Updated: March 6, 2021
He is black. He is young. Nigerian-American Professor Onyema Ogbuagu is a researcher and medical doctor leading what may soon become the world’s first effective coronavirus vaccine.
He is one of the researchers behind the Pfizer vaccine development, which is said to be 95 percent effective, and may be approved by the U.S. Federal Drug Administration (FDA) in the coming weeks.
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Ogbuagu has spent his career investigating infectious diseases, including HIV/AIDS, Ebola, and now the deadly COVID-19.
COVID-19, has killed more than 1.4 million people around the world and infected over 60 million others, according to data from John Hopkins University.
In the United States where the vaccine may be used first if approved by the FDA early next month, more than 12 million people have contracted the coronavirus and over 260,000 others have died.
More than 2000 Americans were killed on Tuesday alone, and today, more than 1000 deaths have been recorded in the United States.
Health experts believe that a successful vaccine will be a game changer although it will take several months to reach the general public.
Online reports say Dr. Onyema is the son of the former vice-chancellor of Abia State University, Chibuzo Ogbuagu. His mother is a professor of sociology. He as twin a twin brother who is an engineer.
He is a Yale professor of medicine who was born in New Haven, Connecticut, United States.
He returned to Nigeria to study medicine at the University of Calabar in Cross River State and graduated in 2003. After graduation, he interned at the Ebonyi State University teaching Hospital, Abakaliki, Nigeria, before returning to the United States where he also interned at Mount Sinai School of Medicine, the reports say.
He rose to the height of an associate professor of medicine at the Yale University School of Medicine, New Haven, Connecticut, after becoming a fellow of infectious diseases.
He has led researches in the United States and Africa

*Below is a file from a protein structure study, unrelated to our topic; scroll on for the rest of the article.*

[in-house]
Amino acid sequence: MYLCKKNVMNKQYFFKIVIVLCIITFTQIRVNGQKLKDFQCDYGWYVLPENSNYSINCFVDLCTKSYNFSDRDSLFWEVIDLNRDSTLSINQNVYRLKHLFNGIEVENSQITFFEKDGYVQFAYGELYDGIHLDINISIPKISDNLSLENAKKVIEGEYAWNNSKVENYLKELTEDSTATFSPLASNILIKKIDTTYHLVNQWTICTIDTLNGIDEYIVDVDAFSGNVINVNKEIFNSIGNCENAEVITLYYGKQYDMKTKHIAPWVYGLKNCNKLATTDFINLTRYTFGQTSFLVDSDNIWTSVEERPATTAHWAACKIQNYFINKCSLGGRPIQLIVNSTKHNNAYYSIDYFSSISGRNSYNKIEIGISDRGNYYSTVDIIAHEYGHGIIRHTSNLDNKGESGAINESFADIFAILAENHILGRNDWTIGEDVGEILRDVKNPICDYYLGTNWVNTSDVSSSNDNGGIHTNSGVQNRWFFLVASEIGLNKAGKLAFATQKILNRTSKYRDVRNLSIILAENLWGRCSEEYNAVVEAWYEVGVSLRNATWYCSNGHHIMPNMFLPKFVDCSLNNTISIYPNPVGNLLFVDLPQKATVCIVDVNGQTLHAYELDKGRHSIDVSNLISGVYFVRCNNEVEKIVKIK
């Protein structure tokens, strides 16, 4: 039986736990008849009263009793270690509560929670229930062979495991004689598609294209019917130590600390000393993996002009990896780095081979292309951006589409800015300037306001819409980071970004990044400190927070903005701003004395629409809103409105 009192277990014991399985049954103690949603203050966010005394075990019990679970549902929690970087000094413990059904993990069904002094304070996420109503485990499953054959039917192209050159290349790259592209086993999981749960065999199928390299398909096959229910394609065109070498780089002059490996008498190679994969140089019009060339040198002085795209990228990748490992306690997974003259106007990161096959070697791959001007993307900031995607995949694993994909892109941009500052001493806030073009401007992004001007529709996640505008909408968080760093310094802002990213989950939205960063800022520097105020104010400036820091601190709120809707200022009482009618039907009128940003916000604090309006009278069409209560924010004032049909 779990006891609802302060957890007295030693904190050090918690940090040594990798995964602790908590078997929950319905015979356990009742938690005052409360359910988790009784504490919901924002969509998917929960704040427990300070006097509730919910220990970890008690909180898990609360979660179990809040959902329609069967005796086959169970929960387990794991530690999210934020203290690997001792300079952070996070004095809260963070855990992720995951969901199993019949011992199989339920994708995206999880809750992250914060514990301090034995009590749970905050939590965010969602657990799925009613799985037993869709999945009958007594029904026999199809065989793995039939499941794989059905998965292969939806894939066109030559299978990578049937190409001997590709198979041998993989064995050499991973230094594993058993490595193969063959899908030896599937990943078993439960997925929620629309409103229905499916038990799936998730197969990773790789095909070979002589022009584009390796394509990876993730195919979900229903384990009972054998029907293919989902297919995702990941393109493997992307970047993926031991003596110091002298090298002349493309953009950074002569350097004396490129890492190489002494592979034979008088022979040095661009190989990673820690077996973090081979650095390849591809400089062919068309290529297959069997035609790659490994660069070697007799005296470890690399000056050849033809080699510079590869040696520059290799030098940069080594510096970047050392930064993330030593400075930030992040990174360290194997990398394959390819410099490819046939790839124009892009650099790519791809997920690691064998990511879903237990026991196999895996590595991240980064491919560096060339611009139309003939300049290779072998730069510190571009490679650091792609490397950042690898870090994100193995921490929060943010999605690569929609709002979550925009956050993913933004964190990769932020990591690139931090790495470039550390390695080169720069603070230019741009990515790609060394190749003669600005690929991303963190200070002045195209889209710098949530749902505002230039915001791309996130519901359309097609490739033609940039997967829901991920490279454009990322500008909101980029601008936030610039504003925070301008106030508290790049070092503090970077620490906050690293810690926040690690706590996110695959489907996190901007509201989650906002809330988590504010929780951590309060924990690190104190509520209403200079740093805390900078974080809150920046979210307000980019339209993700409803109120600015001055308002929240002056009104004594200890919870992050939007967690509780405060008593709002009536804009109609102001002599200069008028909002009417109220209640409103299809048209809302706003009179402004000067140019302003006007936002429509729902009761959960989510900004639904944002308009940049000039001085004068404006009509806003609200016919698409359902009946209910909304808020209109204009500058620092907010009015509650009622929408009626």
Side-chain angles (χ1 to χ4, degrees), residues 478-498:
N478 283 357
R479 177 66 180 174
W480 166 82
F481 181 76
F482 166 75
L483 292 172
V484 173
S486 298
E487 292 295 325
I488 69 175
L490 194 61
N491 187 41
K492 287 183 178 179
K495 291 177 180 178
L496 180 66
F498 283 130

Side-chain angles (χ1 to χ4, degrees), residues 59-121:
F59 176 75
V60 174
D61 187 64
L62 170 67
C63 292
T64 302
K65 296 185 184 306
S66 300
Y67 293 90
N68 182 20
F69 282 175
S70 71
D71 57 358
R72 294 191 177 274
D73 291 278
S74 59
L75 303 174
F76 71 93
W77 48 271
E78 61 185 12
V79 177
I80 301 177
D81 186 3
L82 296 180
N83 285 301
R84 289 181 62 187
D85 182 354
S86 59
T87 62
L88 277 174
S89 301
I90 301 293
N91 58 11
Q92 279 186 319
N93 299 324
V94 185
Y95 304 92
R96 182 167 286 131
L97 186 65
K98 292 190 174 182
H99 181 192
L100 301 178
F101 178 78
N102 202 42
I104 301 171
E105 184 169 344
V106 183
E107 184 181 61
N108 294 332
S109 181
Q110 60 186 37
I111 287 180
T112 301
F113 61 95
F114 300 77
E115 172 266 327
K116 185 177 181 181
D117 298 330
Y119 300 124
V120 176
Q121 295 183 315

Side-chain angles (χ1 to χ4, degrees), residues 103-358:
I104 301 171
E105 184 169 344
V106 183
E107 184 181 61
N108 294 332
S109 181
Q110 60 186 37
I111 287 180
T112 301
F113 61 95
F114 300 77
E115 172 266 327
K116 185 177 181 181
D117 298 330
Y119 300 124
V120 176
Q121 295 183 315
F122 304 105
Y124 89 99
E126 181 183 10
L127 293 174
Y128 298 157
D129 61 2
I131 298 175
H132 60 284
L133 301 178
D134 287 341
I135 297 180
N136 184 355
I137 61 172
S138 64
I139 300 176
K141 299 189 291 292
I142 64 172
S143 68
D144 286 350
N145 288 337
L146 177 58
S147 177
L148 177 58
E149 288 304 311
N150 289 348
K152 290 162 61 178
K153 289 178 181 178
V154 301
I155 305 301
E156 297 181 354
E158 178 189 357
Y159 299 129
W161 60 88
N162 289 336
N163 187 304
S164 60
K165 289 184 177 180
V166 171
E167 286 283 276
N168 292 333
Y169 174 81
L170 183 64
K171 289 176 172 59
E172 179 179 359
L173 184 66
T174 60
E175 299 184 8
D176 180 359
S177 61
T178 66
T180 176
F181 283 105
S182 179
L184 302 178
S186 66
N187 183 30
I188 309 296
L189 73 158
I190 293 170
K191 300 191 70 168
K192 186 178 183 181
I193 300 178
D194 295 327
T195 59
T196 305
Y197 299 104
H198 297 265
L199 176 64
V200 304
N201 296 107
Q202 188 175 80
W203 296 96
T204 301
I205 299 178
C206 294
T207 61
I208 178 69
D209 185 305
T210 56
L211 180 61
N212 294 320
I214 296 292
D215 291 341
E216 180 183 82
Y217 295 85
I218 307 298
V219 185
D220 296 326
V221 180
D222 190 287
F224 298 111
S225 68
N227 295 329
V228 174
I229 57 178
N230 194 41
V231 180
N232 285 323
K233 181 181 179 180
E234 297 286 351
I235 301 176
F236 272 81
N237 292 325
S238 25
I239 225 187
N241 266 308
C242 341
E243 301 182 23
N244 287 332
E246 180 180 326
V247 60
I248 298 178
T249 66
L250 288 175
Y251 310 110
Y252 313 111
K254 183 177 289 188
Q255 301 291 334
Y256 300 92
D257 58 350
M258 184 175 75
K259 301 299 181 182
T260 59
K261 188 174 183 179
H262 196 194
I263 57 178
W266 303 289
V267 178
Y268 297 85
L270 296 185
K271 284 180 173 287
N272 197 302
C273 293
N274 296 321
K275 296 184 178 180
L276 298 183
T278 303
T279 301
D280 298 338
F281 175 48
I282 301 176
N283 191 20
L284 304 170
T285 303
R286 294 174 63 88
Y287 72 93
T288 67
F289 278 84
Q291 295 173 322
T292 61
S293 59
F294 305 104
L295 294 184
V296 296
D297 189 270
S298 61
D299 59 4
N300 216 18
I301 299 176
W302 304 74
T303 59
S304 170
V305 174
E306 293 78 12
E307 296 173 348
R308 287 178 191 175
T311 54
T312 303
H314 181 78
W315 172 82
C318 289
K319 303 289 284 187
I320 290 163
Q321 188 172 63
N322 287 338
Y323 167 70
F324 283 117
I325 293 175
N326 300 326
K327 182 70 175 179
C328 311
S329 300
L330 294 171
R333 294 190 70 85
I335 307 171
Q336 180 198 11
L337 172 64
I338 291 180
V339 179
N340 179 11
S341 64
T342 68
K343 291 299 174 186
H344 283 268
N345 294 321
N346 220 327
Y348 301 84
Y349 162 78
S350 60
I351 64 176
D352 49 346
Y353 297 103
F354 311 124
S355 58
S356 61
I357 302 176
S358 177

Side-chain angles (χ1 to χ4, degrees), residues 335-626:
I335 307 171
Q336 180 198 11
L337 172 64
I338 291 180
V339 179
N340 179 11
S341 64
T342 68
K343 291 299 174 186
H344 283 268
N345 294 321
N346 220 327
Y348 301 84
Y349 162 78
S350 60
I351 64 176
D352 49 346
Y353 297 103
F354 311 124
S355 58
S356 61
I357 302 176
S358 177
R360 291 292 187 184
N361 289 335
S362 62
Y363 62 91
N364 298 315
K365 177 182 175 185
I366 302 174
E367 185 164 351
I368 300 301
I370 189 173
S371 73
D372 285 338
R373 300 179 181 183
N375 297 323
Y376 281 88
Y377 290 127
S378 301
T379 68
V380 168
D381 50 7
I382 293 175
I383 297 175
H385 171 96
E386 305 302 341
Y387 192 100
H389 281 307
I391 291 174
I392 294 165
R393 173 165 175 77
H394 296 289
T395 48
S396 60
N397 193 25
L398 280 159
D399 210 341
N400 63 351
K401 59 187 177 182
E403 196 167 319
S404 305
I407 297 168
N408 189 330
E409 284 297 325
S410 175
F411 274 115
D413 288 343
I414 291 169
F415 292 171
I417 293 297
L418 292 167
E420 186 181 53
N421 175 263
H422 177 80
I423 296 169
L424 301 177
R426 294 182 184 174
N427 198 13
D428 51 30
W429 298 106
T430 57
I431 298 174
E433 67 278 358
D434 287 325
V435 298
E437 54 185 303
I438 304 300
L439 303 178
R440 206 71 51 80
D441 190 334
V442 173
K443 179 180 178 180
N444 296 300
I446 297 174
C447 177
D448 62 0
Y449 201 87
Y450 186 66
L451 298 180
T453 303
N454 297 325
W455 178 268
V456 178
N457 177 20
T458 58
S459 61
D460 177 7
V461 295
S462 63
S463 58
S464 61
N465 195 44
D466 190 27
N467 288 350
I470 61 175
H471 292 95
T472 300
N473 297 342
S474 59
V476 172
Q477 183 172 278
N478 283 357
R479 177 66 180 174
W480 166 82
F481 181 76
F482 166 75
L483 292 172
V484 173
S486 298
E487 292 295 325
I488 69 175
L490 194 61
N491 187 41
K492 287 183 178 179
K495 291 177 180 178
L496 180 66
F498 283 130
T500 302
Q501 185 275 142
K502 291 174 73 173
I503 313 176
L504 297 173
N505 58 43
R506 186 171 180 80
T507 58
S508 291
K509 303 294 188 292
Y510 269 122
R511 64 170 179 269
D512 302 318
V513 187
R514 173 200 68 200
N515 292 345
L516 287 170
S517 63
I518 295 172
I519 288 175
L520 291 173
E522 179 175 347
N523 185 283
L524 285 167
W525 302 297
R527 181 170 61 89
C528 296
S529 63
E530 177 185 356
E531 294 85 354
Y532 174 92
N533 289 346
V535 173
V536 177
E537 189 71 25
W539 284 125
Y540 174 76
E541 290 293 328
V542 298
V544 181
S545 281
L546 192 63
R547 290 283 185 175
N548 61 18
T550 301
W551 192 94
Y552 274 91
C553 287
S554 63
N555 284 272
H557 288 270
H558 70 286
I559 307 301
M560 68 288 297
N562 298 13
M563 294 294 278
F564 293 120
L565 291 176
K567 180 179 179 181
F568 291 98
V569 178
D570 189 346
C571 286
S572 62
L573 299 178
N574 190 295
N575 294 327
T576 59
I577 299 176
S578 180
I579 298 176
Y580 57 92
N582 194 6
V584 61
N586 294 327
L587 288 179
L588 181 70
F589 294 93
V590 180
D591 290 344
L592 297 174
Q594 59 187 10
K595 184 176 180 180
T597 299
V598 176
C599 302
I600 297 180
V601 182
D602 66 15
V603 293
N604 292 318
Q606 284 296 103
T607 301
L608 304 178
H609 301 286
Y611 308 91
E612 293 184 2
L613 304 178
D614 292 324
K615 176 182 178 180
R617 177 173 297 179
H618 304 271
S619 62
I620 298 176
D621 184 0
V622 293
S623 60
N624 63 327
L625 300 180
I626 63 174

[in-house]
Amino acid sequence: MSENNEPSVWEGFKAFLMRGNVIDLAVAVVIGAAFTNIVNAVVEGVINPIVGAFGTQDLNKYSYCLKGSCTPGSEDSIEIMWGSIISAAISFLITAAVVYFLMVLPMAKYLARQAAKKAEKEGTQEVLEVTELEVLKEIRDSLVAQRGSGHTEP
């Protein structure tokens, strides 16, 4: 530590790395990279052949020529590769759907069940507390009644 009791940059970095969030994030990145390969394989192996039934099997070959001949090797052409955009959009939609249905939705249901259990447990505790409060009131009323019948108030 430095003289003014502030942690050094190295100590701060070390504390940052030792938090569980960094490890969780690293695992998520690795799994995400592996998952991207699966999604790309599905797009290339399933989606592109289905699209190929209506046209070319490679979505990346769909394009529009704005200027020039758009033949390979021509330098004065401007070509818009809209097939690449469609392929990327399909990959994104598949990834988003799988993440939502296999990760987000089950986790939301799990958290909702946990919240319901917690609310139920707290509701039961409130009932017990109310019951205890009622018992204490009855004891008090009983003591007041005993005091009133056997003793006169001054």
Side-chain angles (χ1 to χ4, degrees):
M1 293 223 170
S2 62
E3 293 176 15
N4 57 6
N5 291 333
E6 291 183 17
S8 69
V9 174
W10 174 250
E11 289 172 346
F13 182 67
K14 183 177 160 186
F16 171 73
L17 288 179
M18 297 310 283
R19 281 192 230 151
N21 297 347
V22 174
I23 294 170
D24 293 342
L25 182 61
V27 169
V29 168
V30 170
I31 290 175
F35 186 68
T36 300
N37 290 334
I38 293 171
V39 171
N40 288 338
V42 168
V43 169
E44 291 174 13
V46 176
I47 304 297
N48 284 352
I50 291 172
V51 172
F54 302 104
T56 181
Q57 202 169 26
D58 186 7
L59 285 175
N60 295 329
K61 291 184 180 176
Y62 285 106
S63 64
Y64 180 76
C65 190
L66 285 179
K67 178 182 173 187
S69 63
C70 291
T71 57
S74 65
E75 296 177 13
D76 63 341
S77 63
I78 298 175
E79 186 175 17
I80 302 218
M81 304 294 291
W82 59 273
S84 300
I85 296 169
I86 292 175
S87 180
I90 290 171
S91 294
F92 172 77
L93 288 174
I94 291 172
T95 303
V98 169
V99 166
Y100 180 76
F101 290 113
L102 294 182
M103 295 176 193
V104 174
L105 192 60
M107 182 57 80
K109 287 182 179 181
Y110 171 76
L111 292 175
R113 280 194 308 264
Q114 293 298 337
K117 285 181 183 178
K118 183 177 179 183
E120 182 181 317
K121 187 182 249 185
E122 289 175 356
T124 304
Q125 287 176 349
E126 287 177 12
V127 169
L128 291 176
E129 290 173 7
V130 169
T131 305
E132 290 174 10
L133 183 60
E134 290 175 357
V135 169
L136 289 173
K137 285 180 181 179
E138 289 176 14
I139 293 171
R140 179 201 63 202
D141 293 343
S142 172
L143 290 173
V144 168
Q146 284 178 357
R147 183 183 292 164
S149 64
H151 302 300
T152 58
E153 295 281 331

If the Federal Drug Administration (FDA) approves their request, both companies will start distributing their vaccine as early as next month.
Pfizer Inc. on Wednesday said final data on its coronavirus vaccine candidate, developed with German company BioNTech SE, showed it to be 95 percent effective, a week after it said interim data revealed the vaccine to be 90 percent effective.
Pfizer said on Wednesday it had the two months of safety data necessary to apply for an emergency use authorization from the FDA.
BioNtech, the German company, will also apply for approval from EUA and both companies will share data with other regulatory agencies around the globe.
Both companies expect to produce globally up to 50 million vaccine doses in 2020 and up to 1.3 billion doses by the end of 2021.
On Monday, Pfizer said it was starting a pilot program to deliver its experimental vaccine to four U.S. states – New Mexico, Texas, Rhode Island and Tennessee.
The announcement was made the same day Moderna, another American drug company said interim data revealed its own coronavirus candidate to be 94.5 percent effective, and that it will be applying for FDA approval in the coming weeks after obtaining final safety and efficacy data.
Pfizer did not receive development funds from the Donald Trump administration through its Operation Warp Speed, but Moderna was given $955 million for the development of its vaccine.
Pfizer said its vaccine candidate is 95 percent effective “against COVID-19 beginning 28 days after the first dose.”
It said the efficacy rate was consistent across age, gender, race and ethnicity groups.
The company added that for adults older than 65, who are at greater risk of dying from COVID-19, the efficacy rate was also more than 95 percent.
Pfizer said about 43,000 participants enrolled in its vaccine candidate trial, and 170 people came down with the coronavirus.
Among those who tested positive for coronavirus were 162 people who received the placebo or ‘fake vaccine’ and only 8 people who received the ‘real vaccine’, numbers that informed its 95 percent rate efficacy.
It said no serious safety concerns were observed, adding that the only Grade 3 adverse event greater than 2% in frequency was fatigue at 3.8% and headache at 2.0%.
“The study results mark an important step in this historic eight-month journey to bring forward a vaccine capable of helping to end this devastating pandemic. We continue to move at the speed of science to compile all the data collected thus far and share with regulators around the world,” said Dr. Albert Bourla, Pfizer Chairman and CEO. “With hundreds of thousands of people around the globe infected every day, we urgently need to get a safe and effective vaccine to the world.”
If approved, health care workers and other higher risk populations will be prioritized in the distribution beginning in December.
Dr. Anthony Fauci and other health experts have said the vaccine will not likely reach the general public until about April next year.